Behind the Research: How Blood Cells Affect Your Cancer Risk
Disponible en Español |
Maria Figueroa, M.D., has spent her career studying the blueprint of blood cells to understand how they generate diseases and cancers. Yet two decades into that career, she feels like she’s just getting started.
That’s because Dr. Figueroa’s time as a scientist has coincided with revolutionary advances in understanding the human genome and exponential leaps in computing power that are allowing her and her team at Sylvester Comprehensive Cancer Center to truly understand what they’re seeing.
When Dr. Figueroa completed her medical training in Buenos Aires in 2003, the human genome was just being mapped for the first time. Top-of-the-line experts in her field of hematology were running experiments one gene at a time. Collaboration between scientists meant picking up the phone, placing a long-distance call, and making revisions to their research by hand.
Now, Dr. Figueroa’s studies use advanced algorithms that examine over three million locations of the genome at a time as she collaborates virtually in real-time with labs around the world.
“I’m always blown away by what we’re experiencing as scientists,” she says. “The aspects of disease biology that have been uncovered, and the consequences that we’ve had for patients, I consider myself lucky and fortunate to be part of science at this time.”
The result, she hopes, is a deeper understanding of how genes function in blood cells paired with new technologies that will allow scientists to turn them “on” and “off” as needed.
“It’s the beginning of an era,” she says.
Dr. Figueroa’s lab in the University of Miami’s Miller School of Medicine‘s Department of Biochemistry and Molecular Biology has nine members and focuses on three core research areas:
- Understanding why one particular set of genes is always silenced, or “turned off,” in patients that develop leukemia and other blood diseases, and figuring out whether they can be manipulated as a treatment for leukemia;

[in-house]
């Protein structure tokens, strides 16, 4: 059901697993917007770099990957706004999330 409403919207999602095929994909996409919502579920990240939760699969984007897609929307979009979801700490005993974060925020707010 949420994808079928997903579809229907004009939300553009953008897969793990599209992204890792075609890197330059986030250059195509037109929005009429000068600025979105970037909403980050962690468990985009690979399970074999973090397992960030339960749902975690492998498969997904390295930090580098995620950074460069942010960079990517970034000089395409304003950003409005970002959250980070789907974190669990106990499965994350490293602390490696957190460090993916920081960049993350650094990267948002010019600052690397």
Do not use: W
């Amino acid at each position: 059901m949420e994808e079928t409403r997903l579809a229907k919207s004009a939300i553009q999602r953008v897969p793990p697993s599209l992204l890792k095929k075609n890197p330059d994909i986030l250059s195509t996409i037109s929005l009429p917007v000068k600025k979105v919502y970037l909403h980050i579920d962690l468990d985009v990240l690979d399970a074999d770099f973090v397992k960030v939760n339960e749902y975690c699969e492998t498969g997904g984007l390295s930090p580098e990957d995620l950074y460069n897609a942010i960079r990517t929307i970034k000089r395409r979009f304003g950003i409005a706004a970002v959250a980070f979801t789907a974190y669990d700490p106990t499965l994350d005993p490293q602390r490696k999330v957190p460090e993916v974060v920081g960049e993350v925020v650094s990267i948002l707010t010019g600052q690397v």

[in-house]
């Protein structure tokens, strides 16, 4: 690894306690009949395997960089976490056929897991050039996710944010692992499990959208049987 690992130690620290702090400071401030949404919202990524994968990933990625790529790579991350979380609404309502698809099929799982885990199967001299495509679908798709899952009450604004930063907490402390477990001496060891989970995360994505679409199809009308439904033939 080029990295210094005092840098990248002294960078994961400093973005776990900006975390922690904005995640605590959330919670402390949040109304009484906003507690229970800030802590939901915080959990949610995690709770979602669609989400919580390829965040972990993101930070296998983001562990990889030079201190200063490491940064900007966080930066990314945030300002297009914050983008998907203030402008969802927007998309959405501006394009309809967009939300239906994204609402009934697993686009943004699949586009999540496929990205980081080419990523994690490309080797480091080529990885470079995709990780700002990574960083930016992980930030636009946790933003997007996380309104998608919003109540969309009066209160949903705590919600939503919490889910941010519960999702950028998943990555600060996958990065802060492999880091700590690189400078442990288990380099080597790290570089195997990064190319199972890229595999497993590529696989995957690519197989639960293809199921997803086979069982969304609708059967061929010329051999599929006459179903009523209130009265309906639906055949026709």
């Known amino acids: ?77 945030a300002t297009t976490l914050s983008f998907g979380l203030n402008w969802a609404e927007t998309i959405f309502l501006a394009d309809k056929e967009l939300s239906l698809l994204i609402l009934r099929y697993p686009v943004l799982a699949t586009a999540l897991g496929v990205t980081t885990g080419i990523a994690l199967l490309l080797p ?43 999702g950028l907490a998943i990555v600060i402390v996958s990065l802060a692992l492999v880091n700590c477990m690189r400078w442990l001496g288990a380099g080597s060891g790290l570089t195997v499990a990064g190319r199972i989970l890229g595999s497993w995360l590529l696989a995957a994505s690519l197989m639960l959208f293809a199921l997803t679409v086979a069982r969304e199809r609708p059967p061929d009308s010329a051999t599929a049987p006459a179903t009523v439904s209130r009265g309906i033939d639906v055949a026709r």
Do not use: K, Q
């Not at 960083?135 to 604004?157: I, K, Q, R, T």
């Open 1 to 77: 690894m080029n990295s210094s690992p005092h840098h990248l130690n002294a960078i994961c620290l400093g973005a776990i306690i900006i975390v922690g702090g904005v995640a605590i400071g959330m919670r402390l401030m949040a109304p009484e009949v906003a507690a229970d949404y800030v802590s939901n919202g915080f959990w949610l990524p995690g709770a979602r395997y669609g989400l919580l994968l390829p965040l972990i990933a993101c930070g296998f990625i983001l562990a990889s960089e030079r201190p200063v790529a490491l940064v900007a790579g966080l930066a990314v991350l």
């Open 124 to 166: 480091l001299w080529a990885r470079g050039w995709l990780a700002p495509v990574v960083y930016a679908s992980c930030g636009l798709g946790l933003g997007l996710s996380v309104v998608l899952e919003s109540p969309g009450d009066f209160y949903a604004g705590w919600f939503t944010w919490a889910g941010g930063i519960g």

- Identifying genes that can predict how patients respond to therapies so that we can tailor treatment to individual needs; and
- Researching blood diseases developed by elderly people to figure out why the aging process damages cells to the point that a person’s chances of developing a blood disease increase dramatically with every decade of age.
Dr. Figueroa uses the example of a computer to describe the effects of aging on the human body. Over time, a computer’s software will become corrupted by viruses and repeated use. The epigenome – which controls and commands a person’s genes – works in much the same way. “Our software gets corrupted too as we age,” she says.
One goal in each of Dr. Figueroa’s research areas is to continue shifting cancer treatment from a one-size-fits-all approach to a hyper-personalized experience for each patient.
Much of her time is spent developing diagnostic tests, identifying biomarkers that can be used to screen for blood diseases, and creating treatments that can be fine-tuned for each patient, similar to what’s been developed for other types of cancer.
On the diagnostic side, scientists have already created at-home tests to detect colon cancer, one of several screening tests used by the teams at Sylvester Comprehensive Cancer Center.
On the treatment side, other scientists have identified the genes that can be targeted in certain types of leukemia, allowing doctors to replace grueling chemotherapy treatments with pills that are taken orally and are proving to be far more effective.
Despite these advances, Dr. Figueroa says blood diseases are heterogeneous, or diverse, and not all patients respond in the same way to the therapies.
That means Dr. Figueroa’s team has more work to do, and more opportunities to make discoveries.
Her team’s biggest challenge now is finding enough samples to study some of these rare blood cancers. Her work requires a variety of samples to capture the high heterogeneity of these disorders so she can identify patterns and pinpoint genes common among patients suffering from similar diseases. To get that many patient genomes, Dr. Figueroa has established relationships with research institutions throughout the United States and Europe. Currently, she is working with cohorts of 250 patients, but she’s always looking for more.
“Through this network of world leaders, we have put together a very comprehensive cohort of (myelodysplastic syndrome) and (chronic myelomonocytic leukemia) patients,” she says.
That level of instant collaboration and the computational power required to study so many genomes at once is a far cry from where she started. Dr. Figueroa remembers being ordered to write her notes in black pen so they can be photocopied. She taught herself how to use Microsoft Excel and her bookshelf is lined with computer programming manuals that she used to learn how to write the algorithms needed for her work.
“Now I run a computational lab,” she says with a laugh.
Alan Gomez is a contributing writer for UHealth’s news service.